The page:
KEVIN: It’s the more evolved
ANGIE: The more evolved version.
KEVIN: You’re continuing to improve, to continue to get forward just because you don't succeed at something. The stacking blocks is a great example of this thing because in the long term, is it important whether we've all gained the ability to stack blocks? Like, that's not a test that we have to do now that we're adults. Like, oh, now we're all going to stack blocks.
ANGIE: I think my highest I ever got to was like 19 or 20.
KEVIN: I know the two of us used to stack blocks. We would totally compete against each other.
ANGIE: How can we get them?
KEVIN: She's over there trying to get number four. And Angie and I are over here. Like, I've got 36 stacked up here. You're holding the top of it, that's fine. But outside of sleep deprived parenting of small toddlers, that's not a skill that you have to have as you grow up. And yet it's still something just for the agility of a small child that it's a beneficial thing they do. But just because she didn't succeed at the first time doesn't mean that she was a bad kid. It doesn't mean that she was an unsuccessful kid. It doesn't mean that she was a failure. And somehow, we hit this point somewhere in our life that we attempt a thing, we don't do well at it, and instead of them striving to improve on it, we're like, Well, I'm a failure at that.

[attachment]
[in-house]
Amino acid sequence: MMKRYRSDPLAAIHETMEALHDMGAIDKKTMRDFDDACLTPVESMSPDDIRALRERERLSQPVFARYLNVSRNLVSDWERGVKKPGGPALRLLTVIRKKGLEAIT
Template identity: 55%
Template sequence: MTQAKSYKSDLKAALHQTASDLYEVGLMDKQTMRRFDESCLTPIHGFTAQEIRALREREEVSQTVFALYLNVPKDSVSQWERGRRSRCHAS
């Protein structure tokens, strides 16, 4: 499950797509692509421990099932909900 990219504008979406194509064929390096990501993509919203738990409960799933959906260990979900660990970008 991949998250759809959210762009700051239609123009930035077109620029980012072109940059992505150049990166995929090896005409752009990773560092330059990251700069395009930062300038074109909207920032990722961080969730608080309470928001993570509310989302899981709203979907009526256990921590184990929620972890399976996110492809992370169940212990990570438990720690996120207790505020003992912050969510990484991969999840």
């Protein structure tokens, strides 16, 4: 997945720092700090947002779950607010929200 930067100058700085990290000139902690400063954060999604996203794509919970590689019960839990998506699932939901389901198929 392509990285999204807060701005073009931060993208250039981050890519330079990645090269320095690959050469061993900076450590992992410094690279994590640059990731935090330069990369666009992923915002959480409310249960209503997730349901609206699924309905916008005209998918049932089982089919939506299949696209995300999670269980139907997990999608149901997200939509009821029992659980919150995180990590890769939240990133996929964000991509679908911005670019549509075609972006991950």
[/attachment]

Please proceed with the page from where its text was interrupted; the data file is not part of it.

ANGIE: I guess that's not for me, right. Or deciding that we're not good enough and then trying to change from that.
ANGIE: And to go back, that is really the point here. The point is not that we just decide that we’re good here and there are some people that do. Right? There are some people that decide that they try something. They try something once or twice or a couple of times and they're not making progress and they're like, Oh, I guess that thing is just not for me. There's a lot of people that write off running that way. I'm guessing those are not the people listening to this podcast, but maybe it was you in the past. Maybe you were at that place at some point in time.
KEVIN: Maybe we have somebody listening who's on that verge right now.